Carnegie Mellon UniversityCarnegie Mellon University was formed in 1967 by the union of the Carnegie Institute of Technology, founded in 1900 by Andrew Carnegie, and the Mellon Institute of Industrial Research, founded in 1917 by Richard Beatty Mellon. Among the world's most presitgous research universities, it is located in Pittsburgh, Pennsylvania. Originally, the Carnegie Institute of Technology was called "Carnegie Technical Schools" until 1912. The school is often referred to as CMU.
Carnegie Mellon is a private research university of about 7,500 students and 3,000 faculty, research and administrative staff. The institution was founded in 1900 in Pittsburgh by industrialist and philanthropist Andrew Carnegie, who wrote the time-honored words, "My heart is in the work," when he donated the funds to create Carnegie Technical Schools. Carnegie's vision was to open a vocational training school for the sons and daughters of working-class Pittsburghers.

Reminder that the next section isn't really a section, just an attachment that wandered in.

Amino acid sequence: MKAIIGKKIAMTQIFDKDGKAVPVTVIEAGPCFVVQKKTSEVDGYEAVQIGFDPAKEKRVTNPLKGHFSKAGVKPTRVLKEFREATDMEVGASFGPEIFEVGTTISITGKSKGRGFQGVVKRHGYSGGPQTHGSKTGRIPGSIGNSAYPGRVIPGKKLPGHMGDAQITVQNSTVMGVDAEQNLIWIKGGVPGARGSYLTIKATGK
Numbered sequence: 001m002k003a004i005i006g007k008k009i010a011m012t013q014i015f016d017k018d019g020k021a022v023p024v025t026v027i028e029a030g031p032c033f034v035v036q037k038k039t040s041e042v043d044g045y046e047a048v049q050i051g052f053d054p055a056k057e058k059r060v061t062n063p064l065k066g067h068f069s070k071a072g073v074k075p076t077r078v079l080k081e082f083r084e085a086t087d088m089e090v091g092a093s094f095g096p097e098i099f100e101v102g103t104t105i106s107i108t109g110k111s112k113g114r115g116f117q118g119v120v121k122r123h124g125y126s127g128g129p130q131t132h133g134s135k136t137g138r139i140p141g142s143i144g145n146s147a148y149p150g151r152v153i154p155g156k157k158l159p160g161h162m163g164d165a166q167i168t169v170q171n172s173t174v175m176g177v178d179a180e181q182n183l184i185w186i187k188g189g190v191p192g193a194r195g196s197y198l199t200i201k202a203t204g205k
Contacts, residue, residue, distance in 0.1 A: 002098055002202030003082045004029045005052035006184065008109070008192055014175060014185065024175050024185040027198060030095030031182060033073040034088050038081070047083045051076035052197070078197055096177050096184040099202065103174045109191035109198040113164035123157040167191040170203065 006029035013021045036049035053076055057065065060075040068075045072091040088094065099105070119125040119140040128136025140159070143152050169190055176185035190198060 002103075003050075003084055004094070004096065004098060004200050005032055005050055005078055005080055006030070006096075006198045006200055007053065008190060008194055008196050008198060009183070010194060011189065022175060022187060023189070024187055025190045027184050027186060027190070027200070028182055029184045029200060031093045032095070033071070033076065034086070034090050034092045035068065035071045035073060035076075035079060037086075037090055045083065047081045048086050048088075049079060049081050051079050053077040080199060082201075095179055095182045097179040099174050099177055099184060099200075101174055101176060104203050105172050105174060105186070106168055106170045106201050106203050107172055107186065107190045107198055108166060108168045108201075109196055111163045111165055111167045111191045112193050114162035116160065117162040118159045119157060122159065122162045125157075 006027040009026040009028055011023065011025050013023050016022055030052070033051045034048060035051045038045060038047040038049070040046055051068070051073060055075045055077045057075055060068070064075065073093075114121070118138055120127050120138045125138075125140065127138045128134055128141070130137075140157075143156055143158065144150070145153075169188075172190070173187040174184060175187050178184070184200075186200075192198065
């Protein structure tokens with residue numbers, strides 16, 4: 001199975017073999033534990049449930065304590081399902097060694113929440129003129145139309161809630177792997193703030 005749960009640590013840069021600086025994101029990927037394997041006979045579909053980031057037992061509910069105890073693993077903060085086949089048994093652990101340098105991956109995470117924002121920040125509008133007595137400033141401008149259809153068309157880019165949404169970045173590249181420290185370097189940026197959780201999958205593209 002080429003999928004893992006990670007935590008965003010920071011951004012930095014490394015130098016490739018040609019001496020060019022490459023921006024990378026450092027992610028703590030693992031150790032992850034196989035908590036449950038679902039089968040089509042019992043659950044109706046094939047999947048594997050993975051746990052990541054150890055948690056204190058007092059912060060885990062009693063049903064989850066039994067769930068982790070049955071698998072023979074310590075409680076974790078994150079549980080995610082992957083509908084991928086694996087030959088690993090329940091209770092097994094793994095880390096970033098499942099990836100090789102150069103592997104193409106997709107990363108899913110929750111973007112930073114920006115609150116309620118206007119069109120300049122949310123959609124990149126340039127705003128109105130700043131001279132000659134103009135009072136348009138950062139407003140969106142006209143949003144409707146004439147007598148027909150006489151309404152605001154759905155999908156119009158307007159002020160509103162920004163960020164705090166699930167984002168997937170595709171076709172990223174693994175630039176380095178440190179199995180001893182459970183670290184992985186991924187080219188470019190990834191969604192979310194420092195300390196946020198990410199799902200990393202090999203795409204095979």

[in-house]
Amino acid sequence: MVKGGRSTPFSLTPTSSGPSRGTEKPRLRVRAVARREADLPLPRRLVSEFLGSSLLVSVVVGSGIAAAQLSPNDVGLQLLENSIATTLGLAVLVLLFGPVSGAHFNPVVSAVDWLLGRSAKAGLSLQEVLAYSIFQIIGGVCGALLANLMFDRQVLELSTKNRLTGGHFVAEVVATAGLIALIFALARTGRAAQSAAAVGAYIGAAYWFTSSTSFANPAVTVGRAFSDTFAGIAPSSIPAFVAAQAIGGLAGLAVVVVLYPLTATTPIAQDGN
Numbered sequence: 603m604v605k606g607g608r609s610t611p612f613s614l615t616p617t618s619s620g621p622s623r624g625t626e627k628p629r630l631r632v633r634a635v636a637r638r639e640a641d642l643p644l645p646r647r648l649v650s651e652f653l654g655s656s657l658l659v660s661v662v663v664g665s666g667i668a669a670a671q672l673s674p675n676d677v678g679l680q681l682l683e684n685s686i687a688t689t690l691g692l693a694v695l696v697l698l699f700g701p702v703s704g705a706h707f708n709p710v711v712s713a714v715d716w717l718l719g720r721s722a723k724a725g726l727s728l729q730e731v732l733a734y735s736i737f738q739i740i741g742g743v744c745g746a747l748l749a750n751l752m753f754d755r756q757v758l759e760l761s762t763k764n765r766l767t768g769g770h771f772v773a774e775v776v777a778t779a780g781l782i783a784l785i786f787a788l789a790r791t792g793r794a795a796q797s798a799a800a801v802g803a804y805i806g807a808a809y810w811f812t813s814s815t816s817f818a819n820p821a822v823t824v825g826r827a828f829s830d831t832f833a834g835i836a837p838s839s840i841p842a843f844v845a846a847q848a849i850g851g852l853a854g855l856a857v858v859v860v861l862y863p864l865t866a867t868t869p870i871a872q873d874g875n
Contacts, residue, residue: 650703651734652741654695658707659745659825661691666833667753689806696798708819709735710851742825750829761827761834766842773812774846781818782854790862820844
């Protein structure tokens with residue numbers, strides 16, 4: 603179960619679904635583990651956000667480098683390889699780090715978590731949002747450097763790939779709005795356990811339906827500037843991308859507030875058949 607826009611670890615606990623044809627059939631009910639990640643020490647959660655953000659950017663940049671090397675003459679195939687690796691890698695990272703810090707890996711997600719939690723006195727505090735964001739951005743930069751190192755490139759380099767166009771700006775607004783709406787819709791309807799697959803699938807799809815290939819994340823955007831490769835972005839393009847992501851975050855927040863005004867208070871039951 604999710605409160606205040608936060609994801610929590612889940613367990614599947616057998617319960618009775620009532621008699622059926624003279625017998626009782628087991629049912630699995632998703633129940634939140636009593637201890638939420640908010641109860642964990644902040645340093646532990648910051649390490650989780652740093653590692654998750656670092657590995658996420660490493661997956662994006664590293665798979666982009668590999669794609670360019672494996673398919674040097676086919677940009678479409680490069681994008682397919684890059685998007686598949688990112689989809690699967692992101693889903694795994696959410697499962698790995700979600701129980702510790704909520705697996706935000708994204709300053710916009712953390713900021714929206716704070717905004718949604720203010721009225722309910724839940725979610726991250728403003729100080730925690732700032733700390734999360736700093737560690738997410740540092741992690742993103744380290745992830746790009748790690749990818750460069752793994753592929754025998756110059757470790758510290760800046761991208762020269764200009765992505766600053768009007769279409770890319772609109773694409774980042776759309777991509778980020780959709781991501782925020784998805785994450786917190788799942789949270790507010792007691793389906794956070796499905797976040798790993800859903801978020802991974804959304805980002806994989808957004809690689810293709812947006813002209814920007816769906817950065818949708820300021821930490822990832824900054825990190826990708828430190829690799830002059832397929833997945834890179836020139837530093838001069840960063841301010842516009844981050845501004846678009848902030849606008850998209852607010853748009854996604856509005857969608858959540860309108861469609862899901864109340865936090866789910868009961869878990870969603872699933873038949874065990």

The university today consists of seven colleges and schools, the Carnegie Institute of Technology (engineering), the College of Fine Arts, the College of Humanities and Social Sciences, the Mellon College of Science, the Graduate School of Industrial Administration, the School of Computer Science and the H. John Heinz III School of Public Policy and Management.
Carnegie Mellon's sports teams are called the Tartans. They participate in the University Athletic Association in NCAA Division III.
Particularly notable is Carnegie Mellon's Computer Science department, which is typically ranked among the very best, if not the best, in the nation.
See also: Software Engineering Institute